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Any lineman who has ever worked in a country aerial party in the 'good old days' knows only too well that the main qualifications for becoming a member of an aerial party was to own four things and know how to use them:

A good rabbit dog (for chasing rabbits)
A good ferrett (for hunting rabbits out of burrows)
A good bucket (for holding mushrooms)
A good half house brick (to throw upwards to un-twist tree branches caught in the open wire)

None of these items were available ex-stores, but all were available on 'local purchase'.

If one was to glance through the Lineman's Handbook "Field Supervision and Depot Management" one would soon find reference to Plant Account "M" to which all "Repairs and Maintenance" were to be booked. This should probably have read "R&M" due to the fact that it often applied to "Rabbitting & Mushrooming".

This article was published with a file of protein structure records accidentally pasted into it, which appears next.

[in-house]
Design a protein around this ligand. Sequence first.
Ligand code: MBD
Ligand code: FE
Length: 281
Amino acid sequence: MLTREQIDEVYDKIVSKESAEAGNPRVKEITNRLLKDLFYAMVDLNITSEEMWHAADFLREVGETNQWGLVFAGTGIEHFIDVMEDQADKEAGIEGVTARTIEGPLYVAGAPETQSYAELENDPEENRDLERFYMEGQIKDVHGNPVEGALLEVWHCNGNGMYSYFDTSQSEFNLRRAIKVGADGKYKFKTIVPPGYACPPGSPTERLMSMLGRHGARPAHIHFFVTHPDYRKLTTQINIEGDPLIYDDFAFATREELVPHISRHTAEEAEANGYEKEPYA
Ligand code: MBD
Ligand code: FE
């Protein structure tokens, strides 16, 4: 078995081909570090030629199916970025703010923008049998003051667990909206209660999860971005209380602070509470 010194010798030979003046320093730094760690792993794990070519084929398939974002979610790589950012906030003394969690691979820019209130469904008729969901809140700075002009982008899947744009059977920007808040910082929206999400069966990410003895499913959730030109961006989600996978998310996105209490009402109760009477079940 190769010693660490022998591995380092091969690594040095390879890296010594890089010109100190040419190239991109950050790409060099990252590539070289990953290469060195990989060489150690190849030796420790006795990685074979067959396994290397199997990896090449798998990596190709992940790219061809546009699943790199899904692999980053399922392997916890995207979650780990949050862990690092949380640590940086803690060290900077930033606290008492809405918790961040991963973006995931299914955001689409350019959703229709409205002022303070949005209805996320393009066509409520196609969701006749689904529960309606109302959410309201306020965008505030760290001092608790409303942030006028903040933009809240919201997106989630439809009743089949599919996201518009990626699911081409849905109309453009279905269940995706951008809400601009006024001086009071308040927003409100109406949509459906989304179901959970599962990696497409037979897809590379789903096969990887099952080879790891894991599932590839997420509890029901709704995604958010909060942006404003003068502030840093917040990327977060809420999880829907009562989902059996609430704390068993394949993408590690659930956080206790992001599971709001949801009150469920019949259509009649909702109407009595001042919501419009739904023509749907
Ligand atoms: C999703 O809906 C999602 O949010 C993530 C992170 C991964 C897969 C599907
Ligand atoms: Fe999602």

In those days one way to fill in a boring one hour lunch break was to go looking for rabbits and mushrooms. The rabbitting exercise was looked on as Commonwealth Government assistance to rabbit infested farmers. The mushrooms were accepted by the underpaid lineman as a gift from the farming community - as a 'thank-you' gesture, if you like. Of course, these activities never occurred during working hours. Perish the thought.

These days little aerial remains and there are not as many rabbits as before. There is still maintenance to be carried out but, alas, no time for mushrooming. So Plant Account R&M is no more.

Ah, for the good old days!.

"On the Line", March 1983.

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